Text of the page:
Mr. Huh was in his early forties. Since he had been on death row for eight years by the time I got there, I presumed he had begun his sentence when he was around my age. He was in a solitary cell like I was, and our cells were right next to each other. While others washed up in the communal bath, the two of us brought two big barrels of hot water into the staff restroom and had a steam bath. Mr. Huh was a big guy with powerful hands, and he knew how to scrub well. He used to soak his lower body in water and quietly chant Buddhist prayers. Every spring Mr. Huh was depressed and withdrawn, rarely talking to anyone. This was because they usually carried out executions when the seasons changed, especially in the new spring after a long winter. A few mornings I saw that his eyes were swollen and bloodshot, perhaps because he cried alone at night worrying about his daughter, who he entrusted to a Buddhist temple before he came in here. I would put on a concerned face and lie, You’ve been waiting for so long, I’m sure you’ll be pardoned. He would contort his expressionless face in an attempt to smile and mumble as if he did not care, I should go soon, I trouble too many people. The young Mr. Choi, who came later, was a smart and gentle guy. His widowed mother visited him often, and encircling his wrist were Buddhist prayer beads, carved out of bo tree, that his mother had made.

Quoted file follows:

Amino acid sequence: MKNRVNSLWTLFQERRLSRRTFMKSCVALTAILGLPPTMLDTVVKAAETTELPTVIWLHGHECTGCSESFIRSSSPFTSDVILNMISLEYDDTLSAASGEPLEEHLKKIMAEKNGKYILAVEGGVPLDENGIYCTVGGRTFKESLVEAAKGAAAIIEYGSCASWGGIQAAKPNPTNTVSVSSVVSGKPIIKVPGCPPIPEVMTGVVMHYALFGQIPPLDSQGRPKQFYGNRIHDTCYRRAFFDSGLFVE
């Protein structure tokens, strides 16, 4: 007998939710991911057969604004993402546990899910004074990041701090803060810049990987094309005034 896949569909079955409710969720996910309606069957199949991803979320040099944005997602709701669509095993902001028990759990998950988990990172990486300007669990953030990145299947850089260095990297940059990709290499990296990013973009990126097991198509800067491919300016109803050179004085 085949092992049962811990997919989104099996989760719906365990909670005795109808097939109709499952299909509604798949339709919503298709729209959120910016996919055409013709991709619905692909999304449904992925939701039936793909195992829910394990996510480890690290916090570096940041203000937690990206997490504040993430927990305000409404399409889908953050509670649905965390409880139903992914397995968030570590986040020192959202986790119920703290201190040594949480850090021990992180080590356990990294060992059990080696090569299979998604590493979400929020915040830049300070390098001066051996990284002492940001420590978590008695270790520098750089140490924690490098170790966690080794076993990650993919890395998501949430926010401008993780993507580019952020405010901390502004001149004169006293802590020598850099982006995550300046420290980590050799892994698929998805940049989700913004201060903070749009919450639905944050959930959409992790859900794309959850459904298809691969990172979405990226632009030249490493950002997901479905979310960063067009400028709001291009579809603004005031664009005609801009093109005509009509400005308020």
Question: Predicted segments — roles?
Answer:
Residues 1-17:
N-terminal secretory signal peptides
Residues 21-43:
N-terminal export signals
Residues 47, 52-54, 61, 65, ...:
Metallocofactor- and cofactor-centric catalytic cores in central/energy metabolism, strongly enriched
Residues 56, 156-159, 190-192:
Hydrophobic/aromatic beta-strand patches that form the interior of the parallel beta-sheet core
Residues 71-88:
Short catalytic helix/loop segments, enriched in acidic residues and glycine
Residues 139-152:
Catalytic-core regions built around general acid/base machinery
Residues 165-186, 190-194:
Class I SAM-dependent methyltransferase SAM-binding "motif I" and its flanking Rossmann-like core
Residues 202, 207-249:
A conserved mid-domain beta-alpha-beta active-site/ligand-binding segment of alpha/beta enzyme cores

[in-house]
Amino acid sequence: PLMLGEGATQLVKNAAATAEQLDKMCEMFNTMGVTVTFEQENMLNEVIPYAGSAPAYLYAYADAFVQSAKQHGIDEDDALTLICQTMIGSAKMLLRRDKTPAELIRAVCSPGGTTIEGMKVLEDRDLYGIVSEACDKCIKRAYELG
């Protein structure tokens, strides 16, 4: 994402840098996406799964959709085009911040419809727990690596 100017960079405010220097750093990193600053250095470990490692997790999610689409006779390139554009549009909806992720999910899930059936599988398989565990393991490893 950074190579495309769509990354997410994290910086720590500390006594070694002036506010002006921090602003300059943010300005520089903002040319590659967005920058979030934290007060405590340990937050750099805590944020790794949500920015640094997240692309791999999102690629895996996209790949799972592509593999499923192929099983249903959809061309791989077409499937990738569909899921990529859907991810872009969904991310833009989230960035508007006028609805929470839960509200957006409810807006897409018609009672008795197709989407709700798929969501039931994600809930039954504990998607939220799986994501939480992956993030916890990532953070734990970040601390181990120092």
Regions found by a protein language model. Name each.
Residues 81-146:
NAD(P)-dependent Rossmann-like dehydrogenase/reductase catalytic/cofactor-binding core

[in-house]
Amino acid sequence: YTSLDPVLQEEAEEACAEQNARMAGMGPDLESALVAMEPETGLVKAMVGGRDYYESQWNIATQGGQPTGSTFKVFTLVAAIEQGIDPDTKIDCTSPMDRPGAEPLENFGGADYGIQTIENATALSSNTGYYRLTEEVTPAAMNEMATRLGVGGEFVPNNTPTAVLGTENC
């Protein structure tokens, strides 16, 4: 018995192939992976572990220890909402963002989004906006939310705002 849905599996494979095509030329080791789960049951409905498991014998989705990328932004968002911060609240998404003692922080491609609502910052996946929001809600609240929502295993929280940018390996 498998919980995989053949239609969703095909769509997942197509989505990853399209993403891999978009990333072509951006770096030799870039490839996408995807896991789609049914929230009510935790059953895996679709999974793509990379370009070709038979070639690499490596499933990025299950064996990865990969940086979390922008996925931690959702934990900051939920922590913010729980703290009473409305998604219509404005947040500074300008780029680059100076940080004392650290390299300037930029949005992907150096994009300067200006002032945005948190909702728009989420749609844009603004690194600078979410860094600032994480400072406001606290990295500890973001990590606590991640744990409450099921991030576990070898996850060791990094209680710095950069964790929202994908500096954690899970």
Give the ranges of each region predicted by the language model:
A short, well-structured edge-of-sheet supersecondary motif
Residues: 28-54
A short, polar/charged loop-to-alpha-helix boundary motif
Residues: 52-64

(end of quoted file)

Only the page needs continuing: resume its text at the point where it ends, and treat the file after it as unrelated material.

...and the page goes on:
The reason I cannot forget them is because I found out about their deaths the day before they happened. The chief guard for our block wanted to see me, so I went to his office, skipping my afternoon exercise. He was leaning over his desk, intently reading some papers. Without realizing that I was waiting right behind his back, he did not take his eyes off of them. Inadvertently, over his shoulder, I saw a list of names, among them Mr. Huh and the young Mr. Choi. Sensing someone was behind, the chief hurriedly turned the paper face down and turned his chair around to face me. What is it? I asked casually. Still nervous, he looked around then raised one hand. He made the hand as stiff as a knife and motioned cutting his throat. Quickly understanding, I mouthed the word when? without making a sound, and he mouthed back tomorrow. I returned to my cell and had to witness with the eyes of death the everyday life of two men. After dinner, when we were allowed to visit each other’s cells, the young Mr. Choi asked me the date and hour of my birth. He told me about his own fortune which he’d read in a book. He talked about his old age as it would unfold a few decades from now, whereas I knew he had only a few hours left to live. That memory has been engraved on my heart for a long time.